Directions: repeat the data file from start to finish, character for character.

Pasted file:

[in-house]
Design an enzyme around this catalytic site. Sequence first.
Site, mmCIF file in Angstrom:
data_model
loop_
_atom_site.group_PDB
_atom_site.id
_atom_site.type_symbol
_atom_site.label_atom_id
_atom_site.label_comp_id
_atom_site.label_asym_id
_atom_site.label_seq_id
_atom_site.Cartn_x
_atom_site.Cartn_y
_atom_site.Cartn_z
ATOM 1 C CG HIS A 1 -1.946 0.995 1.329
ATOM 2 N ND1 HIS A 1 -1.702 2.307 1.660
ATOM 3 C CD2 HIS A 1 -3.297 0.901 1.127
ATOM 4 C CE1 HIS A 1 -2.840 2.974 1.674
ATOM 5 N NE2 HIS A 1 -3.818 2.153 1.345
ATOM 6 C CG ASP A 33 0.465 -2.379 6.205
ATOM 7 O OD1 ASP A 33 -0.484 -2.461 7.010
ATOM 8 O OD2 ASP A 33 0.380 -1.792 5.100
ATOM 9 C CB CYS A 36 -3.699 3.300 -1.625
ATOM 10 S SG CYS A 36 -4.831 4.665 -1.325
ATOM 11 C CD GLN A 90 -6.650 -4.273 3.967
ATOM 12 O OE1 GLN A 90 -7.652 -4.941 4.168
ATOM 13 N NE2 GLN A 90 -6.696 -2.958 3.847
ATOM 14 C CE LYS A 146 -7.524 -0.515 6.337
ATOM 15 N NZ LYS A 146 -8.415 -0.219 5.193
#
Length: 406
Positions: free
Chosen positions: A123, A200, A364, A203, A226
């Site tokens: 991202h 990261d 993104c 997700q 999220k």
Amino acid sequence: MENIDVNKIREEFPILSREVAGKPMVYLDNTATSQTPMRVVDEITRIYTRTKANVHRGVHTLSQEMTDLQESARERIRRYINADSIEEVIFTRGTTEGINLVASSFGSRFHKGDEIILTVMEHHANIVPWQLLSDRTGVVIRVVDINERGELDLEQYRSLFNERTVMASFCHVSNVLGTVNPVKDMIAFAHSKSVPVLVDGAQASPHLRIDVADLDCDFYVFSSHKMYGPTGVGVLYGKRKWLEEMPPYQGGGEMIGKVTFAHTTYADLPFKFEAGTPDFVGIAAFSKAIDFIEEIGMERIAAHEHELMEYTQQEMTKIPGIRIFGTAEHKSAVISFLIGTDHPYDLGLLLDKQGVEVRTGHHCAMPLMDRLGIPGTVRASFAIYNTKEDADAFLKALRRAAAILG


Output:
[in-house]
Design an enzyme around this catalytic site. Sequence first.
Site, mmCIF file in Angstrom:
data_model
loop_
_atom_site.group_PDB
_atom_site.id
_atom_site.type_symbol
_atom_site.label_atom_id
_atom_site.label_comp_id
_atom_site.label_asym_id
_atom_site.label_seq_id
_atom_site.Cartn_x
_atom_site.Cartn_y
_atom_site.Cartn_z
ATOM 1 C CG HIS A 1 -1.946 0.995 1.329
ATOM 2 N ND1 HIS A 1 -1.702 2.307 1.660
ATOM 3 C CD2 HIS A 1 -3.297 0.901 1.127
ATOM 4 C CE1 HIS A 1 -2.840 2.974 1.674
ATOM 5 N NE2 HIS A 1 -3.818 2.153 1.345
ATOM 6 C CG ASP A 33 0.465 -2.379 6.205
ATOM 7 O OD1 ASP A 33 -0.484 -2.461 7.010
ATOM 8 O OD2 ASP A 33 0.380 -1.792 5.100
ATOM 9 C CB CYS A 36 -3.699 3.300 -1.625
ATOM 10 S SG CYS A 36 -4.831 4.665 -1.325
ATOM 11 C CD GLN A 90 -6.650 -4.273 3.967
ATOM 12 O OE1 GLN A 90 -7.652 -4.941 4.168
ATOM 13 N NE2 GLN A 90 -6.696 -2.958 3.847
ATOM 14 C CE LYS A 146 -7.524 -0.515 6.337
ATOM 15 N NZ LYS A 146 -8.415 -0.219 5.193
#
Length: 406
Positions: free
Chosen positions: A123, A200, A364, A203, A226
């Site tokens: 991202h 990261d 993104c 997700q 999220k």
Amino acid sequence: MENIDVNKIREEFPILSREVAGKPMVYLDNTATSQTPMRVVDEITRIYTRTKANVHRGVHTLSQEMTDLQESARERIRRYINADSIEEVIFTRGTTEGINLVASSFGSRFHKGDEIILTVMEHHANIVPWQLLSDRTGVVIRVVDINERGELDLEQYRSLFNERTVMASFCHVSNVLGTVNPVKDMIAFAHSKSVPVLVDGAQASPHLRIDVADLDCDFYVFSSHKMYGPTGVGVLYGKRKWLEEMPPYQGGGEMIGKVTFAHTTYADLPFKFEAGTPDFVGIAAFSKAIDFIEEIGMERIAAHEHELMEYTQQEMTKIPGIRIFGTAEHKSAVISFLIGTDHPYDLGLLLDKQGVEVRTGHHCAMPLMDRLGIPGTVRASFAIYNTKEDADAFLKALRRAAAILG